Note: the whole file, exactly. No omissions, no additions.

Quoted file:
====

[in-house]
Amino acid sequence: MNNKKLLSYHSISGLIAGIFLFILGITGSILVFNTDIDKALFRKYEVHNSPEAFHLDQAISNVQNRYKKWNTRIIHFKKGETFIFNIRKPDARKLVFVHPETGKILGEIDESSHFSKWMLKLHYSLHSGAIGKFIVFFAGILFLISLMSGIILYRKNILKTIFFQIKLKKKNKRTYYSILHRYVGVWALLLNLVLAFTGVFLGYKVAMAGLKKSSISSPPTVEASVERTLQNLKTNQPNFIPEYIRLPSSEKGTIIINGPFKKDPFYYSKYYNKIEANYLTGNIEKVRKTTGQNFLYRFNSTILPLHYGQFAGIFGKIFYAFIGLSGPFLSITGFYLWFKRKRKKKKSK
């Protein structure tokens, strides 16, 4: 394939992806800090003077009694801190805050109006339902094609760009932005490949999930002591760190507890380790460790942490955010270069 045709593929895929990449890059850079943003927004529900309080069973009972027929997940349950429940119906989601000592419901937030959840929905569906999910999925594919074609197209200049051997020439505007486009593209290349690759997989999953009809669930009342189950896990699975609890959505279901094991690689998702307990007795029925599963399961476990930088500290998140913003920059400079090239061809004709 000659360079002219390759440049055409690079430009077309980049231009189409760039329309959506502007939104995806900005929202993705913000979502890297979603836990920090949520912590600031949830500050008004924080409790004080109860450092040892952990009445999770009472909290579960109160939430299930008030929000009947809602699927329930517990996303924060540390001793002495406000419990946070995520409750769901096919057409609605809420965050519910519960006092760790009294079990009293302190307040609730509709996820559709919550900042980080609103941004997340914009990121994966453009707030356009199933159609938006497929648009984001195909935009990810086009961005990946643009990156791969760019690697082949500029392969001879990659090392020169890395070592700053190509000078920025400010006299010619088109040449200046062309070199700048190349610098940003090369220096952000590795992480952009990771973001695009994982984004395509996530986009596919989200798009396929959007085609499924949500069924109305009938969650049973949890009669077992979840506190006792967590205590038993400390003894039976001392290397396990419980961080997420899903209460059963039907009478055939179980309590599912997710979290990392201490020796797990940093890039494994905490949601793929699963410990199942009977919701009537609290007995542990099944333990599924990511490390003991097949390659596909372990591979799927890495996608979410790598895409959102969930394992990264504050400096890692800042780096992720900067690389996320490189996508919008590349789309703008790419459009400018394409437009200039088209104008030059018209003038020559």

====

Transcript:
[in-house]
Amino acid sequence: MNNKKLLSYHSISGLIAGIFLFILGITGSILVFNTDIDKALFRKYEVHNSPEAFHLDQAISNVQNRYKKWNTRIIHFKKGETFIFNIRKPDARKLVFVHPETGKILGEIDESSHFSKWMLKLHYSLHSGAIGKFIVFFAGILFLISLMSGIILYRKNILKTIFFQIKLKKKNKRTYYSILHRYVGVWALLLNLVLAFTGVFLGYKVAMAGLKKSSISSPPTVEASVERTLQNLKTNQPNFIPEYIRLPSSEKGTIIINGPFKKDPFYYSKYYNKIEANYLTGNIEKVRKTTGQNFLYRFNSTILPLHYGQFAGIFGKIFYAFIGLSGPFLSITGFYLWFKRKRKKKKSK
């Protein structure tokens, strides 16, 4: 394939992806800090003077009694801190805050109006339902094609760009932005490949999930002591760190507890380790460790942490955010270069 045709593929895929990449890059850079943003927004529900309080069973009972027929997940349950429940119906989601000592419901937030959840929905569906999910999925594919074609197209200049051997020439505007486009593209290349690759997989999953009809669930009342189950896990699975609890959505279901094991690689998702307990007795029925599963399961476990930088500290998140913003920059400079090239061809004709 000659360079002219390759440049055409690079430009077309980049231009189409760039329309959506502007939104995806900005929202993705913000979502890297979603836990920090949520912590600031949830500050008004924080409790004080109860450092040892952990009445999770009472909290579960109160939430299930008030929000009947809602699927329930517990996303924060540390001793002495406000419990946070995520409750769901096919057409609605809420965050519910519960006092760790009294079990009293302190307040609730509709996820559709919550900042980080609103941004997340914009990121994966453009707030356009199933159609938006497929648009984001195909935009990810086009961005990946643009990156791969760019690697082949500029392969001879990659090392020169890395070592700053190509000078920025400010006299010619088109040449200046062309070199700048190349610098940003090369220096952000590795992480952009990771973001695009994982984004395509996530986009596919989200798009396929959007085609499924949500069924109305009938969650049973949890009669077992979840506190006792967590205590038993400390003894039976001392290397396990419980961080997420899903209460059963039907009478055939179980309590599912997710979290990392201490020796797990940093890039494994905490949601793929699963410990199942009977919701009537609290007995542990099944333990599924990511490390003991097949390659596909372990591979799927890495996608979410790598895409959102969930394992990264504050400096890692800042780096992720900067690389996320490189996508919008590349789309703008790419459009400018394409437009200039088209104008030059018209003038020559």